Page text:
It can be tempting to think that there must be some other way to return to a semblance of normality, but the weight of the evidence strongly suggests that there isn’t. It’s natural to resent painful trade-offs, which can make us receptive to magical thinking from iconoclasts and panderers who suggest that a relatively painless alternative to the rock and the hard place is hiding behind a malign conspiracy of stifling groupthink and elite concealment. It’s impossible to overstate how dangerous, irresponsible, and anti-social it is to indulge this impulse in the midst of an once-in-a-century pandemic that has already wiped out the population of a small city and continues to kill thousands of Americans each day. It bears repeating, and repeating again, that reopening America without the resources and infrastructure needed for sufficient testing, contact tracing, and targeted, supported isolation risks new, deadly outbreaks and reversion to mass social isolation, which will only compound the enormous losses of life, liberty, and livelihood we have already suffered.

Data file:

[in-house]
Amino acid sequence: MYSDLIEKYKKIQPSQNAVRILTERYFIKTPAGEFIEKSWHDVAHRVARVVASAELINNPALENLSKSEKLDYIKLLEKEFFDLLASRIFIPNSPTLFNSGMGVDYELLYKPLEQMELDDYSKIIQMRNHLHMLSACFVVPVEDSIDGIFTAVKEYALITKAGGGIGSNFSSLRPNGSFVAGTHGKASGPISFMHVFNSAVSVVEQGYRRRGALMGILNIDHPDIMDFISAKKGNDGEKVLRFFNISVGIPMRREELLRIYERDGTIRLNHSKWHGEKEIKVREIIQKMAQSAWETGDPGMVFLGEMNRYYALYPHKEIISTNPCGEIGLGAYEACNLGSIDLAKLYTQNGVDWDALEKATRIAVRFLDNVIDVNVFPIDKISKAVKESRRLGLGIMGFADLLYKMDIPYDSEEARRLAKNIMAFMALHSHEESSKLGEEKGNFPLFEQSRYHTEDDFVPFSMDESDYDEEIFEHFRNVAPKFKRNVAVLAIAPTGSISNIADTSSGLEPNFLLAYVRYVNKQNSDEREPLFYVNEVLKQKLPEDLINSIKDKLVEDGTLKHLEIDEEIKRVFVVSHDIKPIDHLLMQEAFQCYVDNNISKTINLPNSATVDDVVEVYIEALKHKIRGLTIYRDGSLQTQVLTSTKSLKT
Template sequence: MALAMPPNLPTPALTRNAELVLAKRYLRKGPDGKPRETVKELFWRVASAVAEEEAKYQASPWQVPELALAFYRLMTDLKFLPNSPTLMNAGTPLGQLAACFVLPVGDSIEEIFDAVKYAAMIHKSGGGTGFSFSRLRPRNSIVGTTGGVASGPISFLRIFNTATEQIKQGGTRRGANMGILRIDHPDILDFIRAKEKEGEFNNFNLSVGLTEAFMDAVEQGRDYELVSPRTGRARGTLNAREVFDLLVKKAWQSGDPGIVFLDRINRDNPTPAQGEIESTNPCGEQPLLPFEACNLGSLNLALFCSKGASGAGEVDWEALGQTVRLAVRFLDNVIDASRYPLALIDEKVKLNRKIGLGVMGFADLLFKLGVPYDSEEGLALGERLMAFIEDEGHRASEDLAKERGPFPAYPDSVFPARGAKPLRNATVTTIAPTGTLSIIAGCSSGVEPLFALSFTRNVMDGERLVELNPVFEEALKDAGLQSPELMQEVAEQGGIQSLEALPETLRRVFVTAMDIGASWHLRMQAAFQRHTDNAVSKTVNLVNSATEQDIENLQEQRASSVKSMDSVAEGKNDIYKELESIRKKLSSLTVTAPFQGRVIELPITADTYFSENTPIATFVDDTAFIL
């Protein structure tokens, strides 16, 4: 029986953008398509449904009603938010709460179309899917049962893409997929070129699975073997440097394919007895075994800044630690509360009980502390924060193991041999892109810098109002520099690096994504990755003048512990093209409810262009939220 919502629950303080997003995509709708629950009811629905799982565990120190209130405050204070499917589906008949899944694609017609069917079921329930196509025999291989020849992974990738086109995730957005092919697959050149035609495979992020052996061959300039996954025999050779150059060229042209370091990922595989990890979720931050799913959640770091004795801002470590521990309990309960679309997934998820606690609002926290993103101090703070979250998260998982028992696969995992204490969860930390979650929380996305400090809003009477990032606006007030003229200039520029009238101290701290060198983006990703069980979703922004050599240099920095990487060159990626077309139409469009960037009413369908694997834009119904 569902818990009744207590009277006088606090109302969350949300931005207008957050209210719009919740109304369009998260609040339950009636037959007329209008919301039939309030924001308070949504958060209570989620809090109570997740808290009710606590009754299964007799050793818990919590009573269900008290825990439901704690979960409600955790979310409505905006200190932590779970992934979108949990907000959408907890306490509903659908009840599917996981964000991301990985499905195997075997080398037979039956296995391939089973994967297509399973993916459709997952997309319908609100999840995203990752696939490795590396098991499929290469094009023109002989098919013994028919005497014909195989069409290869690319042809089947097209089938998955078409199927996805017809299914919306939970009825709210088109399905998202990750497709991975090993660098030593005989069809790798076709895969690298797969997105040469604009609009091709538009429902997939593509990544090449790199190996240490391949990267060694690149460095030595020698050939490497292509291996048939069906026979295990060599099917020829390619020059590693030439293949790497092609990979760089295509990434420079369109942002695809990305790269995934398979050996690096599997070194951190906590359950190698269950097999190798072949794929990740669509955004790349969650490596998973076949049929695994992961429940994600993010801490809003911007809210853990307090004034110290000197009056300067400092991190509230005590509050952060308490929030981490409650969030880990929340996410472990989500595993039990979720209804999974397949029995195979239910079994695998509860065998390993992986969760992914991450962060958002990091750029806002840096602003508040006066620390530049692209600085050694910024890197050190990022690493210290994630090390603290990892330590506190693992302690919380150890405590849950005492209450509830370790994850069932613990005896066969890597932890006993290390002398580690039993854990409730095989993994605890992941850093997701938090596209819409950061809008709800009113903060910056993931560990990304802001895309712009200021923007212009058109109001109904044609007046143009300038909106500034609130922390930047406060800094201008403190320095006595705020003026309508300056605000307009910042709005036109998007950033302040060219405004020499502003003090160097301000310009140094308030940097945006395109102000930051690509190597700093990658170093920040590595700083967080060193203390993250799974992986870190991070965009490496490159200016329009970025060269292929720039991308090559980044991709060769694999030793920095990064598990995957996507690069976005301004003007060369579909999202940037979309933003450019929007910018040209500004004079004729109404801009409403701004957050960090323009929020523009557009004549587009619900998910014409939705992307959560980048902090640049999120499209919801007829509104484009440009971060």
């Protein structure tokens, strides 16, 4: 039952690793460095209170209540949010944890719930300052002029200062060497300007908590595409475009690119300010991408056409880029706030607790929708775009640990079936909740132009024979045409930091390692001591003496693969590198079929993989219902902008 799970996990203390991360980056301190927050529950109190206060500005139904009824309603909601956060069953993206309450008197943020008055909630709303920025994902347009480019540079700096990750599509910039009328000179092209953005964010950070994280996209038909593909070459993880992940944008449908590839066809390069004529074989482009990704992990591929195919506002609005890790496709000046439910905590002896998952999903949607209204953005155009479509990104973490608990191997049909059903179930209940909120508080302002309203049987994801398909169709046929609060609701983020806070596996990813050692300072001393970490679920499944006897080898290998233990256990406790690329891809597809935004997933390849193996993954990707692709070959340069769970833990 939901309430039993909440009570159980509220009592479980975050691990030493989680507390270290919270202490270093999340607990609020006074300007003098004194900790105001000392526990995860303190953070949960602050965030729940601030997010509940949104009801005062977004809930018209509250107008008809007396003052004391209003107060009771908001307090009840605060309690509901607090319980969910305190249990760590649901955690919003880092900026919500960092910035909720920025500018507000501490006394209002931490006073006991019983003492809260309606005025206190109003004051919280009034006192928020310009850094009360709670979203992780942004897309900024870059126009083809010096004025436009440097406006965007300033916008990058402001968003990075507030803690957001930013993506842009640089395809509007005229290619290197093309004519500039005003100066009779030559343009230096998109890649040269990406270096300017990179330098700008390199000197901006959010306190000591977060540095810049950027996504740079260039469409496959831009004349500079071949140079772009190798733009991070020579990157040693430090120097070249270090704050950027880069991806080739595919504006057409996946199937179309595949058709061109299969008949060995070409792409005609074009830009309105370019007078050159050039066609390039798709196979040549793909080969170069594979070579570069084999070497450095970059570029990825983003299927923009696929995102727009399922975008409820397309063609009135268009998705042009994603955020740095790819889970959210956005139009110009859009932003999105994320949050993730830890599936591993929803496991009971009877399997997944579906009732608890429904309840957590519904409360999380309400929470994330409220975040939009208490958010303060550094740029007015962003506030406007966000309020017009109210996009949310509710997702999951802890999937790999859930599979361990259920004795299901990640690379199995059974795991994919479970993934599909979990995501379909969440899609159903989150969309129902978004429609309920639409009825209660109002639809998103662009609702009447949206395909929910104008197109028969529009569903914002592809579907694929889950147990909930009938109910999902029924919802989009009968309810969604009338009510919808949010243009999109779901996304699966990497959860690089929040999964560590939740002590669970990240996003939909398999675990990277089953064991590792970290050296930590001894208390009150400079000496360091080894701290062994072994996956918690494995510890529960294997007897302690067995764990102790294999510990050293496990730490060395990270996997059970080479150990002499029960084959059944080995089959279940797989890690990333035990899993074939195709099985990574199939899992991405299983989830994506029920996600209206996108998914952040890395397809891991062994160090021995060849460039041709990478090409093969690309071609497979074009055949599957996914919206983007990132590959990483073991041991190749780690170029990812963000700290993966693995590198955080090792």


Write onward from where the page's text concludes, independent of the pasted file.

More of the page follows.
“Most deaths from the 1918 Flu came during its second wave,” Steven Berry and Zack Cooper, Yale economists, observe in a new paper. “A second substantial wave of the COVID-19 pandemic in the US would trigger a second large-scale lockdown and necessitate another round of costly stimulus. This would be a body blow to an already reeling economy — to say nothing of the devastating health consequences.”
This is a mistake we absolutely must not make. You may be hearing all sorts of noise on the news and social media from people who profit from manufactured controversy, but there’s no real ideological or partisan disagreement here. That’s why conservative nationalists, libertarians, moderates, liberals and progressives have all come together to forge a credible plan to get on top of the virus and get America out of the house, back to work, back to school, and back to church.
Please read “The Roadmap for Pandemic Resilience,” share it broadly, pester your political representatives about it, and do anything else you can, large or small, to recruit the political will to bring a mass test-and-trace plan to life, if not this one. There’s no better, safer, faster path out of his long, national nightmare. Each day we delay, our losses mount, and the prospects for a speedy restoration of freedom and prosperity dim. Yes, getting to 20 million tests a day by August is a big lift, but we can do it. Looking back from the sunlit side of the mountain, we’ll be glad we did.